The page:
Report attributes academic success to teachers' skill

April 23, 1991|By Muriel Cohen | Muriel Cohen,Boston Globe

BOSTON -- New reform policies don't help children learn, their teachers do, says a new study that adds another twist to the national discussion of school reform.

Classroom interaction between teacher and student has a greater influence on a youngster's academic accomplishment than complex and expensive improvement packages that promise a magic solution to school problems, the report says.

Parents are advised to exercise choice, not on the broad scale of choosing schools or even school districts as advocated by some, but within the confines of a single school and to ask that their children be assigned to teachers who respect individual learning needs and styles.

Edward Pauly, a New York education researcher and author of the study, found such accommodation in the Newton, Mass., public schools and labeled those options the "Newton Solution."

Mr. Pauly's study, released in Washington last week, promises to stir up some fresh debate about how to reverse the decline in the performance of the nation's schoolchildren. The study, "The Classroom Crucible," advises parents on how to negotiate school bureaucracies in the best interests of their children.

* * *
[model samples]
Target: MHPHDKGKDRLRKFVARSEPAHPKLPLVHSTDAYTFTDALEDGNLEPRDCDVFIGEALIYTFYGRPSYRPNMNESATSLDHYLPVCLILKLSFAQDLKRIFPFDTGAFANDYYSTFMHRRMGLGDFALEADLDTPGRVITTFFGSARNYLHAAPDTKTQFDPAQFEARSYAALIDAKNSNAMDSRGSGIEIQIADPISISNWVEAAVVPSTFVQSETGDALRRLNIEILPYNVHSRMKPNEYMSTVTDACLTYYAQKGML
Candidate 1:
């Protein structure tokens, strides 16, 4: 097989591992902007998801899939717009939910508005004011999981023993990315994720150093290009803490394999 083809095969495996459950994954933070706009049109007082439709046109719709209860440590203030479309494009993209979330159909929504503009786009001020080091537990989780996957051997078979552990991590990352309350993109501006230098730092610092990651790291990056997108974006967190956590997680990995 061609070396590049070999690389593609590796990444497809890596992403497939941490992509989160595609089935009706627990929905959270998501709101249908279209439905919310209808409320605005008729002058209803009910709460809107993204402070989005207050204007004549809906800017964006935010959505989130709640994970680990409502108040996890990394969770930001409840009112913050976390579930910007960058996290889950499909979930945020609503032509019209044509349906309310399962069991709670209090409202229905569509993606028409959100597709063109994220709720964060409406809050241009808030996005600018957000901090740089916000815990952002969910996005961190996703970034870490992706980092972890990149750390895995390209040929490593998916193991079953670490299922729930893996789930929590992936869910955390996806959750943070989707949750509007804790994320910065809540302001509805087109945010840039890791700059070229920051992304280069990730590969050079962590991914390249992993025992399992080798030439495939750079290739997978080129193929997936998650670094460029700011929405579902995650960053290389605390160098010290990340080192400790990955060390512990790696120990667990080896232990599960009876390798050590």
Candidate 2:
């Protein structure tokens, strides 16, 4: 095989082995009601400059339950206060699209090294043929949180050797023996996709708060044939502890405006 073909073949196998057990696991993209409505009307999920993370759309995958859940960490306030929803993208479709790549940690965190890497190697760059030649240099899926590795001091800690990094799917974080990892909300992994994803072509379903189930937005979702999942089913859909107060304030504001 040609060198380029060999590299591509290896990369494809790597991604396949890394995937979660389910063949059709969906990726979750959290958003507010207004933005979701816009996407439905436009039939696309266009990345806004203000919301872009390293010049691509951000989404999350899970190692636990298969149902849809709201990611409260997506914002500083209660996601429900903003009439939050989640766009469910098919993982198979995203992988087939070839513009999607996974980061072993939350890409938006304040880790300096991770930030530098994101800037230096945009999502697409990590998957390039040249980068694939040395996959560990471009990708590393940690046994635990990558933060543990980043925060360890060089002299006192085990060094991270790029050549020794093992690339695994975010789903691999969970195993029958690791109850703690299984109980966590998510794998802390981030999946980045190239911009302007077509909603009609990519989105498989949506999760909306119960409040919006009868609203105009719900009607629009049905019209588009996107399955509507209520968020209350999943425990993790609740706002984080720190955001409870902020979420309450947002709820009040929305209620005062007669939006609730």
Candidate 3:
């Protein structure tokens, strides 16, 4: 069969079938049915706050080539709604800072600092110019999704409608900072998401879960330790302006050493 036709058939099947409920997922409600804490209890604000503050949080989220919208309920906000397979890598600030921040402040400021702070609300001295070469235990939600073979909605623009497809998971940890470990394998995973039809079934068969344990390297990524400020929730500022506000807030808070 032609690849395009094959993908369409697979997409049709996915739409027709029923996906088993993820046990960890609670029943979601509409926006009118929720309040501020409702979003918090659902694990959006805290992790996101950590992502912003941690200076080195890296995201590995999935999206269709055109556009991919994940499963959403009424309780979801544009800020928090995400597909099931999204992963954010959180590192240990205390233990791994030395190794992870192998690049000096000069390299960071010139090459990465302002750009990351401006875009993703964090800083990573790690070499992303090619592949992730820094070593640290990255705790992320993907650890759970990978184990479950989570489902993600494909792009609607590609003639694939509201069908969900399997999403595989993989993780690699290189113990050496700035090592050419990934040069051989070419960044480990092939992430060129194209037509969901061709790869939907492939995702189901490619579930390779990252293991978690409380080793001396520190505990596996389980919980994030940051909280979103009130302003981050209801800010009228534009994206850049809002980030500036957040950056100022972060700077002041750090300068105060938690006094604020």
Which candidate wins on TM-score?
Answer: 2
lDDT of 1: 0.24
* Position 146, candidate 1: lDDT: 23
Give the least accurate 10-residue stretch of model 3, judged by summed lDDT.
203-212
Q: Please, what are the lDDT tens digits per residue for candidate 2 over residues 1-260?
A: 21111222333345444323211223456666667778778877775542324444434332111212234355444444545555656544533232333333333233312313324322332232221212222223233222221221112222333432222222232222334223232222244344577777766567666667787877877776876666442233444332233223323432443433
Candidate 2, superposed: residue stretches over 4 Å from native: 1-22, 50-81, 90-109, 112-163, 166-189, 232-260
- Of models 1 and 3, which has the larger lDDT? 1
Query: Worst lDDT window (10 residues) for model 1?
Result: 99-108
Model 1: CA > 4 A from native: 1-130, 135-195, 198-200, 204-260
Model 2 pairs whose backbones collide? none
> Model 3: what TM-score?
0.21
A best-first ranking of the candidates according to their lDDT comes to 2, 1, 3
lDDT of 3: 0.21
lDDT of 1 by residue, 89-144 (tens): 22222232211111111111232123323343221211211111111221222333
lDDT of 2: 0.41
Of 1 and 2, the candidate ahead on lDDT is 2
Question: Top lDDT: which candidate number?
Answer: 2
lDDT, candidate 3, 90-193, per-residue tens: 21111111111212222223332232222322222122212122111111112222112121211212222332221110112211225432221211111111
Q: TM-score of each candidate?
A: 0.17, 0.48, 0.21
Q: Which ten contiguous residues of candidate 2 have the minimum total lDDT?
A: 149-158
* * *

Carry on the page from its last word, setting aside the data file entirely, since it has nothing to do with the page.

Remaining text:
Mr. Pauly, the senior researcher at the Manpower Research Corp., warns parents against relying on big-time school reform for improvements because teachers can subvert policies handed down to them.

He says, "Any education policy -- smaller classes, phonics instruction for reading, strict discipline, bilingual education, English immersion, computer-assisted instruction or anything else -- will take on a different and distinctive form in each classroom that implements it."

According to Mr. Pauly, "Parents can become involved in classroom assignment decisions without disrupting school operations." He offers some guidelines for parents:

*Act in the spring before assignments for the following September are made.

*Consult with other parents and your child's teacher about the teachers in the next grade.

*Call or write to the principal with specific reasons why your child will do better with a certain teacher.

*Be persistent.

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